12 Alternative Things To Do in Thailand
Thailand doesn't have to be all sparkling beaches and Full Moon Parties, you know. It can also be about oversized hotel rooms in the shape of dragon fruit, water-top, open-air cinemas, mummified monks and spine-tingling gardens depicting the seven levels of Hell. Not sure what we're talking about? Read on to see 12 truly alternative things you could get up to on one of our awesome Thailand tours this year…
1. The Airplane Graveyard of Bangkok
It's been at least seven years since the rusting shells of these old airplanes were deposited on two open fields along Ramkhamhaeng Road on the western edge of the Thai capital. Since then, they've not only become an attraction in themselves but also a home for a group of local families. Most travelers come to experience the surreal sight of hulking Boeings in the shadow of the high-rise towers all around, others to see the eerie remains of oxygen masks and crooked passenger seats within.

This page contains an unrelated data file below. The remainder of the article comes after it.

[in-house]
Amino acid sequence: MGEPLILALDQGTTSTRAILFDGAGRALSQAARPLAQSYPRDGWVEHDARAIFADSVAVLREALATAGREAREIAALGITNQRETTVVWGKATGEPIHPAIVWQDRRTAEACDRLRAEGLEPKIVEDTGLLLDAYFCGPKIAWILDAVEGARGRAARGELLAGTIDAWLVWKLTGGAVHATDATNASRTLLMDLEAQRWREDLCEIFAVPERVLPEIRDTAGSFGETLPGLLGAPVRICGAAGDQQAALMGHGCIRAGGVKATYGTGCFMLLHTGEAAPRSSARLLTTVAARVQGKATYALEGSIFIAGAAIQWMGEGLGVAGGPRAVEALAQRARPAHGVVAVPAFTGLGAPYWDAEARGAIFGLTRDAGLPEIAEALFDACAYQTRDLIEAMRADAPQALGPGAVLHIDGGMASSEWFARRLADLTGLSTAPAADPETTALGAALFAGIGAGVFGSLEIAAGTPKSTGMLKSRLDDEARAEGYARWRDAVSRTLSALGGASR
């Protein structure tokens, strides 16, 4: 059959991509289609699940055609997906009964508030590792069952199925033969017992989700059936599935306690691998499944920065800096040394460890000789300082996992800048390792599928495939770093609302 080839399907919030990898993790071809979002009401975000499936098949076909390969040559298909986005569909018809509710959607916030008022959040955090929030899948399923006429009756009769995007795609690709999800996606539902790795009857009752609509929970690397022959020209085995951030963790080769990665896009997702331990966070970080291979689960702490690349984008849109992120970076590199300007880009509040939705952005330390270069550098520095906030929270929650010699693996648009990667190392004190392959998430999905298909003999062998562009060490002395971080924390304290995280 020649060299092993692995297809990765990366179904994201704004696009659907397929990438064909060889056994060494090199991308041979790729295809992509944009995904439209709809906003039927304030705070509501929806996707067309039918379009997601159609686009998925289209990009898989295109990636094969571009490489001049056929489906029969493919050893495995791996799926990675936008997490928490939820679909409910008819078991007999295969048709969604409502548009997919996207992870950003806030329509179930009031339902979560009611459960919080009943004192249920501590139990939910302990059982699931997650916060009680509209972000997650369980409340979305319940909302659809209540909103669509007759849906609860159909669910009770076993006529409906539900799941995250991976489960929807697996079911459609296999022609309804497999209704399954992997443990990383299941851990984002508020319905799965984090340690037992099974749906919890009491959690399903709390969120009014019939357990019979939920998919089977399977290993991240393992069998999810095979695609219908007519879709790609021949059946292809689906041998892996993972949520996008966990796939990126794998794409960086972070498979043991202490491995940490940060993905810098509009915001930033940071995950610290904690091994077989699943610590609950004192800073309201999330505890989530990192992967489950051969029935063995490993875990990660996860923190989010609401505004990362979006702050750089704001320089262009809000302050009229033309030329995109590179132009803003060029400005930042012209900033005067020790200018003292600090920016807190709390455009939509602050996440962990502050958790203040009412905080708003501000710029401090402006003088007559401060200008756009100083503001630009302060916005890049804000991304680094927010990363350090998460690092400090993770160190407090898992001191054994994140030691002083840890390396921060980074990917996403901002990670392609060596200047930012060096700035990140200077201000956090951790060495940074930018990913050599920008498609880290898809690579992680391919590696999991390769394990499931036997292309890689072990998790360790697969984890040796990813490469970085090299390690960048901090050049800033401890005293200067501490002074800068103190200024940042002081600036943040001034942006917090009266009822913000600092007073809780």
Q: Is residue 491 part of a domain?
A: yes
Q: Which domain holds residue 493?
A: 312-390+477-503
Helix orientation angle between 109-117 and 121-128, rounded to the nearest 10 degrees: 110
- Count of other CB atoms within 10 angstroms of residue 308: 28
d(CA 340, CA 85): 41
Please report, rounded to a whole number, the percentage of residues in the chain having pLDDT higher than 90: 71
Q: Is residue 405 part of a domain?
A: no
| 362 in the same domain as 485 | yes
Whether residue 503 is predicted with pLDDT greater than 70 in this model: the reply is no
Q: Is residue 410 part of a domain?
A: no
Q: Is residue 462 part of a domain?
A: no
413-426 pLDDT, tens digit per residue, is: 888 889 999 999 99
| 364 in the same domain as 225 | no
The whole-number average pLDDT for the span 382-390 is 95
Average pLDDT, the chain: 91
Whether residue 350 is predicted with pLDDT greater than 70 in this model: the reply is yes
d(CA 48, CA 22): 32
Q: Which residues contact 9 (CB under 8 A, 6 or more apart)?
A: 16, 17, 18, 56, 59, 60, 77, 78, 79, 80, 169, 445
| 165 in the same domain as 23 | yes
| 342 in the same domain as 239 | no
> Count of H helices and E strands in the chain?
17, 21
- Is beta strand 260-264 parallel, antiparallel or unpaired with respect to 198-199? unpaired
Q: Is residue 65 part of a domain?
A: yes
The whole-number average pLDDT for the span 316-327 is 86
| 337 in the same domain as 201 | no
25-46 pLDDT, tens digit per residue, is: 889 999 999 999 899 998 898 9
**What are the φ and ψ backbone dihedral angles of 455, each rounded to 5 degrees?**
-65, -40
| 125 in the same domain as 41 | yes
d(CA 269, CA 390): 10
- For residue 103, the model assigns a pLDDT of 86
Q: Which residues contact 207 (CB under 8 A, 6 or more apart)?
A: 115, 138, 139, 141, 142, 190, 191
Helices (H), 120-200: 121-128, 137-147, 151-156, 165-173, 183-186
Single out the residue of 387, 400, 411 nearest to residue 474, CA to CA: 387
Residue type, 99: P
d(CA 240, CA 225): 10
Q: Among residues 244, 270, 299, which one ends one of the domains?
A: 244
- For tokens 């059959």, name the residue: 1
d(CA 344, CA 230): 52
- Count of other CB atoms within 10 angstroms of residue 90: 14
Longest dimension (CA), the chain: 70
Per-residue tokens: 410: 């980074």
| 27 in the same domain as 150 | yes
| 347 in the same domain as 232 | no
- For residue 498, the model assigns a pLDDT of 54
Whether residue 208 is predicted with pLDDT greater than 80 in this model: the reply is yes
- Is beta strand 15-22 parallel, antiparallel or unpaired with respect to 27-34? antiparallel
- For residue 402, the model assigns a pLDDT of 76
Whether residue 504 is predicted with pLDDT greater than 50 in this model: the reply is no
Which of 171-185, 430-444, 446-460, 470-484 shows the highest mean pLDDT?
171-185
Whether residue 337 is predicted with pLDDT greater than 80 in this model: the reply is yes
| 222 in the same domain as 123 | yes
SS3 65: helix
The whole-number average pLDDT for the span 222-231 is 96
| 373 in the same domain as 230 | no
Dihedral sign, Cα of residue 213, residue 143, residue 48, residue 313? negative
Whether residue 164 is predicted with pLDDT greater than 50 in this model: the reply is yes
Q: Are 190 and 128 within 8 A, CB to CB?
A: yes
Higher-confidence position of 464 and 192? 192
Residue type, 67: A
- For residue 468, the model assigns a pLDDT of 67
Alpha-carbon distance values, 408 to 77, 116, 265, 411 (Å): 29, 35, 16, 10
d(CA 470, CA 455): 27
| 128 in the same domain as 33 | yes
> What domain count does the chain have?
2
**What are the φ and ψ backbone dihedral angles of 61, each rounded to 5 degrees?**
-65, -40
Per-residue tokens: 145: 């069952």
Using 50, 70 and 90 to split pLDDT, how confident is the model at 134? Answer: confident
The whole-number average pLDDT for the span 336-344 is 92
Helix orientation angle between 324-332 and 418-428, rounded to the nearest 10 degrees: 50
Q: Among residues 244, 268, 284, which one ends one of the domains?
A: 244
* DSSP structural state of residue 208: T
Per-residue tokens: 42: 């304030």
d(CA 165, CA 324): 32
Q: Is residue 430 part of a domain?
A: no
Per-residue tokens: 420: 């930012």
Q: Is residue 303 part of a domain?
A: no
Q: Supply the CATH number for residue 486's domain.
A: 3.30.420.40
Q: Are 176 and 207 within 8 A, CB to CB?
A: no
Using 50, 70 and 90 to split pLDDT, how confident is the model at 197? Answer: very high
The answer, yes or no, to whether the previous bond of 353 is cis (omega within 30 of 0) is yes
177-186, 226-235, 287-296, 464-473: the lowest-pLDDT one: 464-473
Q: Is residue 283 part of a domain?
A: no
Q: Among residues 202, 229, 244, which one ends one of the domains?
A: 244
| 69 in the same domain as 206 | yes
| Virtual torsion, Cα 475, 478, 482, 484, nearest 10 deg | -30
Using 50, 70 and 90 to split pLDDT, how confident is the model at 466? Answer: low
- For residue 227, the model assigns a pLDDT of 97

2. The Banphasawan Resort
Set out in the far-flung jungles of the Tenasserim Hills, where the rising ridges loom up towards the border with Myanmar, the Banphasawan Resort might just be Thailand's weirdest hotel. All the rooms are shaped like oversized topical fruit. There's the recognizable magenta hues of the dragon fruit. There's the formidable spiked outer shell of the stinky durian. There's a green-topped pineapple. All are open for guests to stay in, while other attractions include a garden of fresh fruits for tasting sessions.
3. Siriraj Medical Museum
Home to not one but rather six separate museum collections, the Siriraj Medical Museum is one for the morbidly curious visitor. Between sections dedicated to pathology and parasitology, traditional holistic medicine and anatomy, it's possible to spy out dissected nervous strands, partly-decomposed corpses, snakes and reptiles in bottles of embalming fluid, various parasites and other macbre little exhibits. Oh, and it's just a stone's throw from Khaosan Road in downtown Bangkok, just in case you fancied a cheeky Chang beer afterwards!
4. Wang Saen Suk